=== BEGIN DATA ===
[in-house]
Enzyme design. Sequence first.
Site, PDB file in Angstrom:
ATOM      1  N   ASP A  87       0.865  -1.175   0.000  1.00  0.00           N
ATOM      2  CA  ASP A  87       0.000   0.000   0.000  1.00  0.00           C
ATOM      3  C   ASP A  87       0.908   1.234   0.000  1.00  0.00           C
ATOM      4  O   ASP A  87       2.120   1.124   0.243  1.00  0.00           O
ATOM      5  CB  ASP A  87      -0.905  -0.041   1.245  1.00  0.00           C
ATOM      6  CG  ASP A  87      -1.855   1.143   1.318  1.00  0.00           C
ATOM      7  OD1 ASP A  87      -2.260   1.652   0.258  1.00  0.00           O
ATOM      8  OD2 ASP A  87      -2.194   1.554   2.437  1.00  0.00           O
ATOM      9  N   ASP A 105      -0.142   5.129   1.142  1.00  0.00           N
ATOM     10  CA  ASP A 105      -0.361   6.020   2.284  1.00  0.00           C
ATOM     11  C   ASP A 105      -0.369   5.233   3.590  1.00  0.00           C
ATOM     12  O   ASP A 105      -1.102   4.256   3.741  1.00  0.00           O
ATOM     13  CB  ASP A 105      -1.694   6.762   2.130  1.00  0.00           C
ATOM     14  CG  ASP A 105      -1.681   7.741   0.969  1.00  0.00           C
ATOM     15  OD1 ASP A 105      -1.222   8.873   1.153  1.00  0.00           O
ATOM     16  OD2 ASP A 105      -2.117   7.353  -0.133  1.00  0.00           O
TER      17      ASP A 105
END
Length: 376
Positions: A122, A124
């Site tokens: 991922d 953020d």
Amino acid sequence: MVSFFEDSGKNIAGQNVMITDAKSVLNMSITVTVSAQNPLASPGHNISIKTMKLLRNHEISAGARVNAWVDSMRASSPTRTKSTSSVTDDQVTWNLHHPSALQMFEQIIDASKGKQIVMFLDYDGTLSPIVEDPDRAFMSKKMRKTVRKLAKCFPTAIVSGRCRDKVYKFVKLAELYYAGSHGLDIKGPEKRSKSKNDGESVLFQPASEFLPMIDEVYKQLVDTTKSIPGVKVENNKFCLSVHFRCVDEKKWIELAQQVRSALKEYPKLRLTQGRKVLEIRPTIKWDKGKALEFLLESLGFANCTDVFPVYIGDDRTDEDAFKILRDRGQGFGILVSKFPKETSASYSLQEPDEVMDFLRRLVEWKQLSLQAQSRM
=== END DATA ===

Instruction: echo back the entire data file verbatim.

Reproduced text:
[in-house]
Enzyme design. Sequence first.
Site, PDB file in Angstrom:
ATOM      1  N   ASP A  87       0.865  -1.175   0.000  1.00  0.00           N
ATOM      2  CA  ASP A  87       0.000   0.000   0.000  1.00  0.00           C
ATOM      3  C   ASP A  87       0.908   1.234   0.000  1.00  0.00           C
ATOM      4  O   ASP A  87       2.120   1.124   0.243  1.00  0.00           O
ATOM      5  CB  ASP A  87      -0.905  -0.041   1.245  1.00  0.00           C
ATOM      6  CG  ASP A  87      -1.855   1.143   1.318  1.00  0.00           C
ATOM      7  OD1 ASP A  87      -2.260   1.652   0.258  1.00  0.00           O
ATOM      8  OD2 ASP A  87      -2.194   1.554   2.437  1.00  0.00           O
ATOM      9  N   ASP A 105      -0.142   5.129   1.142  1.00  0.00           N
ATOM     10  CA  ASP A 105      -0.361   6.020   2.284  1.00  0.00           C
ATOM     11  C   ASP A 105      -0.369   5.233   3.590  1.00  0.00           C
ATOM     12  O   ASP A 105      -1.102   4.256   3.741  1.00  0.00           O
ATOM     13  CB  ASP A 105      -1.694   6.762   2.130  1.00  0.00           C
ATOM     14  CG  ASP A 105      -1.681   7.741   0.969  1.00  0.00           C
ATOM     15  OD1 ASP A 105      -1.222   8.873   1.153  1.00  0.00           O
ATOM     16  OD2 ASP A 105      -2.117   7.353  -0.133  1.00  0.00           O
TER      17      ASP A 105
END
Length: 376
Positions: A122, A124
């Site tokens: 991922d 953020d």
Amino acid sequence: MVSFFEDSGKNIAGQNVMITDAKSVLNMSITVTVSAQNPLASPGHNISIKTMKLLRNHEISAGARVNAWVDSMRASSPTRTKSTSSVTDDQVTWNLHHPSALQMFEQIIDASKGKQIVMFLDYDGTLSPIVEDPDRAFMSKKMRKTVRKLAKCFPTAIVSGRCRDKVYKFVKLAELYYAGSHGLDIKGPEKRSKSKNDGESVLFQPASEFLPMIDEVYKQLVDTTKSIPGVKVENNKFCLSVHFRCVDEKKWIELAQQVRSALKEYPKLRLTQGRKVLEIRPTIKWDKGKALEFLLESLGFANCTDVFPVYIGDDRTDEDAFKILRDRGQGFGILVSKFPKETSASYSLQEPDEVMDFLRRLVEWKQLSLQAQSRM